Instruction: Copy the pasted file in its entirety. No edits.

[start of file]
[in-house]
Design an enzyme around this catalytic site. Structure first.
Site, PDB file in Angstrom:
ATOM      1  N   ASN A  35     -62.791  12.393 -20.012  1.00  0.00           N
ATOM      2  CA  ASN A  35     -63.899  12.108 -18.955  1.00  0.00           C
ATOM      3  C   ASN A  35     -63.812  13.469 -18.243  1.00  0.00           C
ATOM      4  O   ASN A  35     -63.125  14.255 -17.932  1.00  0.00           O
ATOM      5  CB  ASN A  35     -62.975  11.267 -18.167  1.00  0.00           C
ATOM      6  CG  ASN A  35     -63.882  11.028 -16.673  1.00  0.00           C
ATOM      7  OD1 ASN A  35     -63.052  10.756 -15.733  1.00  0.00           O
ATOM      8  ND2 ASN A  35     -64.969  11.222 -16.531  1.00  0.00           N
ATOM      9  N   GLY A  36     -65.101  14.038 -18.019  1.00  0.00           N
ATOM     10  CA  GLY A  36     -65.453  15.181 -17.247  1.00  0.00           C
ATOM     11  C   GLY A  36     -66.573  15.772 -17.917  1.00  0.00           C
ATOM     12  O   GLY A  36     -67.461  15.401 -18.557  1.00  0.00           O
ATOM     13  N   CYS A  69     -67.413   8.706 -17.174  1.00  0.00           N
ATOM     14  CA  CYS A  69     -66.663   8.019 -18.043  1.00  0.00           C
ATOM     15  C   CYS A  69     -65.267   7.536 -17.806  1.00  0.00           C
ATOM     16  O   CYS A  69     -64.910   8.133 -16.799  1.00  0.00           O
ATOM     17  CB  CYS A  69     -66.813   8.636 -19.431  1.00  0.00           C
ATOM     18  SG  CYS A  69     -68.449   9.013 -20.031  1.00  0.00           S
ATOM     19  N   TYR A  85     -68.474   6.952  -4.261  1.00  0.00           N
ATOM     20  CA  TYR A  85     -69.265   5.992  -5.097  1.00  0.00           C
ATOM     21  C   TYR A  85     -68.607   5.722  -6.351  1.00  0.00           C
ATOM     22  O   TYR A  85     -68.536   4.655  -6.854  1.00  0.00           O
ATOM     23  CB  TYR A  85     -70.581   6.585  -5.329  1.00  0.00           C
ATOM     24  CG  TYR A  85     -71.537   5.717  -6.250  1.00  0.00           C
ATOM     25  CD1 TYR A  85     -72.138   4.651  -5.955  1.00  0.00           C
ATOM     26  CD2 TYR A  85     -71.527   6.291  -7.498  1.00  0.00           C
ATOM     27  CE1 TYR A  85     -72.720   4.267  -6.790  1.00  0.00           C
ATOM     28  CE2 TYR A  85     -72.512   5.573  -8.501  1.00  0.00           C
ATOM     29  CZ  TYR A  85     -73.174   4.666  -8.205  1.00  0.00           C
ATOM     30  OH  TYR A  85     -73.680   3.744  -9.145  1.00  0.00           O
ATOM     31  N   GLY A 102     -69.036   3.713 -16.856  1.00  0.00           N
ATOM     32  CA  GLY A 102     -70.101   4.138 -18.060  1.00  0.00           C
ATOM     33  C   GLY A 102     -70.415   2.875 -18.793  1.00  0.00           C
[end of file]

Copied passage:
[in-house]
Design an enzyme around this catalytic site. Structure first.
Site, PDB file in Angstrom:
ATOM      1  N   ASN A  35     -62.791  12.393 -20.012  1.00  0.00           N
ATOM      2  CA  ASN A  35     -63.899  12.108 -18.955  1.00  0.00           C
ATOM      3  C   ASN A  35     -63.812  13.469 -18.243  1.00  0.00           C
ATOM      4  O   ASN A  35     -63.125  14.255 -17.932  1.00  0.00           O
ATOM      5  CB  ASN A  35     -62.975  11.267 -18.167  1.00  0.00           C
ATOM      6  CG  ASN A  35     -63.882  11.028 -16.673  1.00  0.00           C
ATOM      7  OD1 ASN A  35     -63.052  10.756 -15.733  1.00  0.00           O
ATOM      8  ND2 ASN A  35     -64.969  11.222 -16.531  1.00  0.00           N
ATOM      9  N   GLY A  36     -65.101  14.038 -18.019  1.00  0.00           N
ATOM     10  CA  GLY A  36     -65.453  15.181 -17.247  1.00  0.00           C
ATOM     11  C   GLY A  36     -66.573  15.772 -17.917  1.00  0.00           C
ATOM     12  O   GLY A  36     -67.461  15.401 -18.557  1.00  0.00           O
ATOM     13  N   CYS A  69     -67.413   8.706 -17.174  1.00  0.00           N
ATOM     14  CA  CYS A  69     -66.663   8.019 -18.043  1.00  0.00           C
ATOM     15  C   CYS A  69     -65.267   7.536 -17.806  1.00  0.00           C
ATOM     16  O   CYS A  69     -64.910   8.133 -16.799  1.00  0.00           O
ATOM     17  CB  CYS A  69     -66.813   8.636 -19.431  1.00  0.00           C
ATOM     18  SG  CYS A  69     -68.449   9.013 -20.031  1.00  0.00           S
ATOM     19  N   TYR A  85     -68.474   6.952  -4.261  1.00  0.00           N
ATOM     20  CA  TYR A  85     -69.265   5.992  -5.097  1.00  0.00           C
ATOM     21  C   TYR A  85     -68.607   5.722  -6.351  1.00  0.00           C
ATOM     22  O   TYR A  85     -68.536   4.655  -6.854  1.00  0.00           O
ATOM     23  CB  TYR A  85     -70.581   6.585  -5.329  1.00  0.00           C
ATOM     24  CG  TYR A  85     -71.537   5.717  -6.250  1.00  0.00           C
ATOM     25  CD1 TYR A  85     -72.138   4.651  -5.955  1.00  0.00           C
ATOM     26  CD2 TYR A  85     -71.527   6.291  -7.498  1.00  0.00           C
ATOM     27  CE1 TYR A  85     -72.720   4.267  -6.790  1.00  0.00           C
ATOM     28  CE2 TYR A  85     -72.512   5.573  -8.501  1.00  0.00           C
ATOM     29  CZ  TYR A  85     -73.174   4.666  -8.205  1.00  0.00           C
ATOM     30  OH  TYR A  85     -73.680   3.744  -9.145  1.00  0.00           O
ATOM     31  N   GLY A 102     -69.036   3.713 -16.856  1.00  0.00           N
ATOM     32  CA  GLY A 102     -70.101   4.138 -18.060  1.00  0.00           C
ATOM     33  C   GLY A 102     -70.415   2.875 -18.793  1.00  0.00           C